“As part of our ongoing effort to improve pedestrian safety, we are committed to pursuing many types of treatments that are relevant to specific road crossings,” said MCDOT Director Chris Conklin. “We have confidence in the effectiveness of the HAWK beacons and will continue to examine areas across the County where they will increase safe crossings as part of the County’s Vision Zero strategy.”

Read more at WJLA-TV.

Read more at Bethesda Beat.

The Pedestrian Master Plan marches forward

The Montgomery County Planning Department recently presented to the Planning Board an update on the Pedestrian Master Plan, including a summary of initial efforts to educate the community about the plan and inform the board of the community members chosen for the plan’s Pedestrian Advisory Group. The Pedestrian Master Plan is a comprehensive project to improve pedestrian safety and comfort across Montgomery County.

You can read the entire Staff Report here, but here are a few highights:

State Highways: Meeting attendees are generally aware that there are jurisdictional issues pertaining to the roads in the county and have made the connection between state highways and unsafe pedestrian conditions. Many people asked how the PMP will handle these state roads and what can be done about them.

Utility Obstructions: The role of utility companies in creating and maintaining obstructions in sidewalks came up frequently, as did businesses – particularly café seating – encroaching into pedestrian spaces.

Funding: Funding for sidewalks and other pedestrian infrastructure was identified as a major issue. Attendees were very supportive of the plan and its ambitions but were concerned that there would not be sufficient funding provided to make progress.

Maintenance: Maintenance of existing pedestrian infrastructure and missing pedestrian infrastructure were both decried. Snow and vegetation removal were seen as problematic. In many places, with the responsibility for maintenance incumbent on adjacent property owners, pedestrian ways are maintained in a piecemeal fashion or not as all, while roads are maintained and cleared by the county and state.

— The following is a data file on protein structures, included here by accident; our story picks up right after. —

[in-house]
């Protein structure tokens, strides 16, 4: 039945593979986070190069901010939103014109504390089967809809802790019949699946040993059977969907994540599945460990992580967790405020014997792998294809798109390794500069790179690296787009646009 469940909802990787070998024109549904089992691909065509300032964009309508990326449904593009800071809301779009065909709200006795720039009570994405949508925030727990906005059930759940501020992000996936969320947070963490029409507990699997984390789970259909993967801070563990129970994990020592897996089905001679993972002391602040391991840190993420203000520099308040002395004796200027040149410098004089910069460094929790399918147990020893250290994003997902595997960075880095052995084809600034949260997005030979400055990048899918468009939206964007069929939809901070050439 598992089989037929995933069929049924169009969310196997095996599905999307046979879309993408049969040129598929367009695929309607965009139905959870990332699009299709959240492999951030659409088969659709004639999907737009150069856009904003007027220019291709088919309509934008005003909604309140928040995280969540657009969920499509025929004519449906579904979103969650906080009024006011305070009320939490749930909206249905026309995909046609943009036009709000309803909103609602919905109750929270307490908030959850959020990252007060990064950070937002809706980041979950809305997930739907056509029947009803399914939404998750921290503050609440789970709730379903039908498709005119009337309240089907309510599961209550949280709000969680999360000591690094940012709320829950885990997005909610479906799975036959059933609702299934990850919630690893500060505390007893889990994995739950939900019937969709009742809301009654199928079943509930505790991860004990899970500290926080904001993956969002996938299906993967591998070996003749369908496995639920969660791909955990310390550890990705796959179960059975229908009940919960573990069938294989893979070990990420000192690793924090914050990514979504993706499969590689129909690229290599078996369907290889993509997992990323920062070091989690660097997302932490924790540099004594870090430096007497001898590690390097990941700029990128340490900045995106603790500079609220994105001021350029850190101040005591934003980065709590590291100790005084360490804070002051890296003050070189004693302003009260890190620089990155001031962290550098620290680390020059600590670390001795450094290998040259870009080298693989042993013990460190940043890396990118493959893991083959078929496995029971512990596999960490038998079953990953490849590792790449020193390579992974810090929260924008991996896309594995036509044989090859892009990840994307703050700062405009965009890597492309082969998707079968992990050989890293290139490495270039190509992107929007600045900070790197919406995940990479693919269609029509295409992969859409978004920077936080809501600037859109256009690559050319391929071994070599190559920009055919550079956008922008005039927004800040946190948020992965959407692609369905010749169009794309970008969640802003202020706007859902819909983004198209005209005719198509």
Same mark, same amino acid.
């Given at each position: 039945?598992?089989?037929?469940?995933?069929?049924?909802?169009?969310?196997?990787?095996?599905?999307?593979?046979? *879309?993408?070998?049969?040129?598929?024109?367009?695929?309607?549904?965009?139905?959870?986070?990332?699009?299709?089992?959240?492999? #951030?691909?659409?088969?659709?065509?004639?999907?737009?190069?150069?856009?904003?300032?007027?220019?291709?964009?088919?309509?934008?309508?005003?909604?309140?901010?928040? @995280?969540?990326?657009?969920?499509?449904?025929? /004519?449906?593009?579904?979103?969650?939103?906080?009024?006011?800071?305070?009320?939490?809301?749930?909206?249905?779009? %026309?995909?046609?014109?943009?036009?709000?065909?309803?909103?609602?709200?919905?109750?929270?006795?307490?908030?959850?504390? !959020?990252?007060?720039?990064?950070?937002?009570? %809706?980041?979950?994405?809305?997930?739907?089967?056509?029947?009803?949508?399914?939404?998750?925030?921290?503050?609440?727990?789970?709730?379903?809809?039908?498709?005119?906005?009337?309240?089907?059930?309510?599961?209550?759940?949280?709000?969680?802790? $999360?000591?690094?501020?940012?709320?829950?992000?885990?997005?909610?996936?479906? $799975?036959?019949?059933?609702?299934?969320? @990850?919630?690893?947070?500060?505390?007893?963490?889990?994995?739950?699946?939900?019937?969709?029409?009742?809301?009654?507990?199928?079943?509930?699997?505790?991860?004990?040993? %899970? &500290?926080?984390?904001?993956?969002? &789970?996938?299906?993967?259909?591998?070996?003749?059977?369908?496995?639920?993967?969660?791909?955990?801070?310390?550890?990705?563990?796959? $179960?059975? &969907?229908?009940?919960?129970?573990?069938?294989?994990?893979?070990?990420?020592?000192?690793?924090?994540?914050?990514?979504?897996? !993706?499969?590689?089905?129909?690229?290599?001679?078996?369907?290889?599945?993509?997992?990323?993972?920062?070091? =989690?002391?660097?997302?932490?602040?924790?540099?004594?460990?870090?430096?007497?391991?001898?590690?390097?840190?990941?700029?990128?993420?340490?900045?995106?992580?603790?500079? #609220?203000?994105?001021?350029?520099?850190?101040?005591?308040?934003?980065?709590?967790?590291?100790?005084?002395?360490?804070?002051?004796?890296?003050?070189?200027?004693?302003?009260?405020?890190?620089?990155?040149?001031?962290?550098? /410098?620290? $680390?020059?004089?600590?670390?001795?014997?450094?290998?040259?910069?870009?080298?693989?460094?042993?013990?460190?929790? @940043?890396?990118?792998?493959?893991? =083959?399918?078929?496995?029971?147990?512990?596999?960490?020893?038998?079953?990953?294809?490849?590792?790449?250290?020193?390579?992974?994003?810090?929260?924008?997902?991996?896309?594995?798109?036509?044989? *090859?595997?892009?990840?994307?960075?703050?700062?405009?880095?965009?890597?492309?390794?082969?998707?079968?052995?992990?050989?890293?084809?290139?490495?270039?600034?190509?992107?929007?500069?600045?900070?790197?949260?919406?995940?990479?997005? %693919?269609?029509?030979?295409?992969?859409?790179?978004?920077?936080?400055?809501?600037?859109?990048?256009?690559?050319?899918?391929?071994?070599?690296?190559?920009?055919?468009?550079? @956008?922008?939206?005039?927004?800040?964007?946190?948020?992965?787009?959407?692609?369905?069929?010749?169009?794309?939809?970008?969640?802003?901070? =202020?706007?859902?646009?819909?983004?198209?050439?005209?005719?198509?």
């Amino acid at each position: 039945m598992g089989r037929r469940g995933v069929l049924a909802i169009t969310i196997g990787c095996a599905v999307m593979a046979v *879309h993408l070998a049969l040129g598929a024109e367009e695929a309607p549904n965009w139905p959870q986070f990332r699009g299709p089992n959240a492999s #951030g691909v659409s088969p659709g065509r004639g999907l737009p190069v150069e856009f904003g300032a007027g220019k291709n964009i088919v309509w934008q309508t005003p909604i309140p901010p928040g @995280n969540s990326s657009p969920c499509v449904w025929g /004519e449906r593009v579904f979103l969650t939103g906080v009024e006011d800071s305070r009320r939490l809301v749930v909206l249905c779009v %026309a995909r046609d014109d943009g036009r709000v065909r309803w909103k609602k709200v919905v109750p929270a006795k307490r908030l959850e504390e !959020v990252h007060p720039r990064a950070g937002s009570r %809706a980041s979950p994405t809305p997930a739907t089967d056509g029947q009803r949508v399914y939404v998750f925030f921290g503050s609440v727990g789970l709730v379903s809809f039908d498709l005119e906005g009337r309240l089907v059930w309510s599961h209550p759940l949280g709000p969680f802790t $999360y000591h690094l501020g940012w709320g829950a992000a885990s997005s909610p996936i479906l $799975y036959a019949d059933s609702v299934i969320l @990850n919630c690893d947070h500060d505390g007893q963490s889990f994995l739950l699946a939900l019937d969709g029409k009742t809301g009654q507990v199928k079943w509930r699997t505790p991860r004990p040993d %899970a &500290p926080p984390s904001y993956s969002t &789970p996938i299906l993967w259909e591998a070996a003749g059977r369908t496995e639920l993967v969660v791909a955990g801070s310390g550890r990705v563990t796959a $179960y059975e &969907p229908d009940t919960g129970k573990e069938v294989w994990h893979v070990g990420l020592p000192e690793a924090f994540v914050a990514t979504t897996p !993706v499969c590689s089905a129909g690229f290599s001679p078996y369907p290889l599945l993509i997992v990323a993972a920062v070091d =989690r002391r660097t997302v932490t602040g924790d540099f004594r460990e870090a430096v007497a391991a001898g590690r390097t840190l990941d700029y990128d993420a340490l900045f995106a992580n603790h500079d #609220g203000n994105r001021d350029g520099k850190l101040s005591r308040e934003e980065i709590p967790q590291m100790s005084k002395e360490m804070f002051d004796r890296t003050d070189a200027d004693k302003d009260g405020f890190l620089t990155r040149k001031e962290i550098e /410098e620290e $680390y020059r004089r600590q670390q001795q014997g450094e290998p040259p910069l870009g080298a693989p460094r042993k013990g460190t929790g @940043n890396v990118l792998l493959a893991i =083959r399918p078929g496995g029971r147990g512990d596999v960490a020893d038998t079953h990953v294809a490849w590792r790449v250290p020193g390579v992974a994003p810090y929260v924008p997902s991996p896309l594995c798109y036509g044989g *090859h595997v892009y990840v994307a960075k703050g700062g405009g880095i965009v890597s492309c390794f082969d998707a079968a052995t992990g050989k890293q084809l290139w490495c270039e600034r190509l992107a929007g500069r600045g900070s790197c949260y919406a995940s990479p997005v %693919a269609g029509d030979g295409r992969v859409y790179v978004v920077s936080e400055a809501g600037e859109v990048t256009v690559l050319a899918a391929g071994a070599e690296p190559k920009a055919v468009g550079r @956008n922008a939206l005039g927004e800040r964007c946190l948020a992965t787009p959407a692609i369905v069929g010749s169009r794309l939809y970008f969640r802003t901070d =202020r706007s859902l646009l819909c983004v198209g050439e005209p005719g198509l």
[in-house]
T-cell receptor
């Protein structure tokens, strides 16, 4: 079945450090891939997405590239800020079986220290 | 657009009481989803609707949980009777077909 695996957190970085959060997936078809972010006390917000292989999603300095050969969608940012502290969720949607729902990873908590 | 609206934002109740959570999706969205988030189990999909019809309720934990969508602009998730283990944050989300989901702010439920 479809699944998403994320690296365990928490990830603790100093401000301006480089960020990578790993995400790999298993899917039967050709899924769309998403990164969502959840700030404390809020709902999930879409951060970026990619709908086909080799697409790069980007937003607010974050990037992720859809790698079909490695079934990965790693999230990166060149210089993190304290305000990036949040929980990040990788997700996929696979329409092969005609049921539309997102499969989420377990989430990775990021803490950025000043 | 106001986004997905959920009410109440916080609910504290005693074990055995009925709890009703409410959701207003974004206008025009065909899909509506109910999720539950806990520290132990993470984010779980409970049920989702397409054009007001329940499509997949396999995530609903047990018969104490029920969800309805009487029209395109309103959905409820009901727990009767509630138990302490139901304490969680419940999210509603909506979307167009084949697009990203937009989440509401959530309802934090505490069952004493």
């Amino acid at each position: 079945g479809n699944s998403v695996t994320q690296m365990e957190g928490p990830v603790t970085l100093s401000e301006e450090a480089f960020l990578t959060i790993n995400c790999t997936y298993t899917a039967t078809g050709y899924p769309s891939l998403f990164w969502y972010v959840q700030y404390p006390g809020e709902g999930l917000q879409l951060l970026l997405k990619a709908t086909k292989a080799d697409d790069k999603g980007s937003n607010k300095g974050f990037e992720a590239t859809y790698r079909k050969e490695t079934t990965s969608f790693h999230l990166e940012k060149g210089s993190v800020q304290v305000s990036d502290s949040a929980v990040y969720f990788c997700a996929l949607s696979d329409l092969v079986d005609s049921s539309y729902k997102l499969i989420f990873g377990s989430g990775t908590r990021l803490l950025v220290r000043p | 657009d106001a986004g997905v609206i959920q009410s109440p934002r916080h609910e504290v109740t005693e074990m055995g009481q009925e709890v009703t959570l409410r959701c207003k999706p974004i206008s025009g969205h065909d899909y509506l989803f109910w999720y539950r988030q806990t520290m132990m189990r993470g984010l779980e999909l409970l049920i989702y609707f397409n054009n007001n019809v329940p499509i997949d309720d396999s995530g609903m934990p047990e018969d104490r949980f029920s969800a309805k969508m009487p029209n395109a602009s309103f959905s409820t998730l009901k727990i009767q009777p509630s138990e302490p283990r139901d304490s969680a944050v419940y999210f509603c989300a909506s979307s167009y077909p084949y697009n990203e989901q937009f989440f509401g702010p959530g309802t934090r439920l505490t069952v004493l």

Sidewalk Gaps: There were also several comments in meetings and through correspondence about missing pedestrian facilities generally and how gaps in the pedestrian network limit access to schools, parks, and other amenities.

Traffic Laws: Several meeting attendees expressed confusion about the rules of the road, specifically related to when people driving are supposed to yield to people using crosswalks. Others, aware of the rules, advised that roadway signage doesn’t improve drivers yielding to pedestrians.

Engineering: Others focused on the role traffic signals and intersection design play in pedestrian safety and comfort. Some recommended the plan look at how there often is not enough time allocated for people to safely cross the street. Attendees were concerned about intersections designed to minimize driver inconvenience at the expense of pedestrian travel time and safety – particularly those locations where crossing a street actually means crossing three streets due to missing curb ramps, pedestrian signals and crosswalks. People recommended more pedestrian scramble intersections, grade-separated pedestrian crossings, prohibiting Right Turns on Red, adding Leading Pedestrian Intervals at busy intersections and addressing pedestrian/left-turning vehicle conflicts. There was skepticism about the efficacy of flashing yellow lights for pedestrian crossings and concerns about construction closing sidewalks.

Lighting: Meeting attendees considered the lack of pedestrian-scale and intersection lighting to be both a personal safety issue and a traffic safety one.

Electric Scooters: Electric scooters were discussed at nearly every meeting. Concerns abounded about sharing pedestrian spaces with silent, fast-moving vehicles not yet governed by well-respected norms for courteous use and public storage.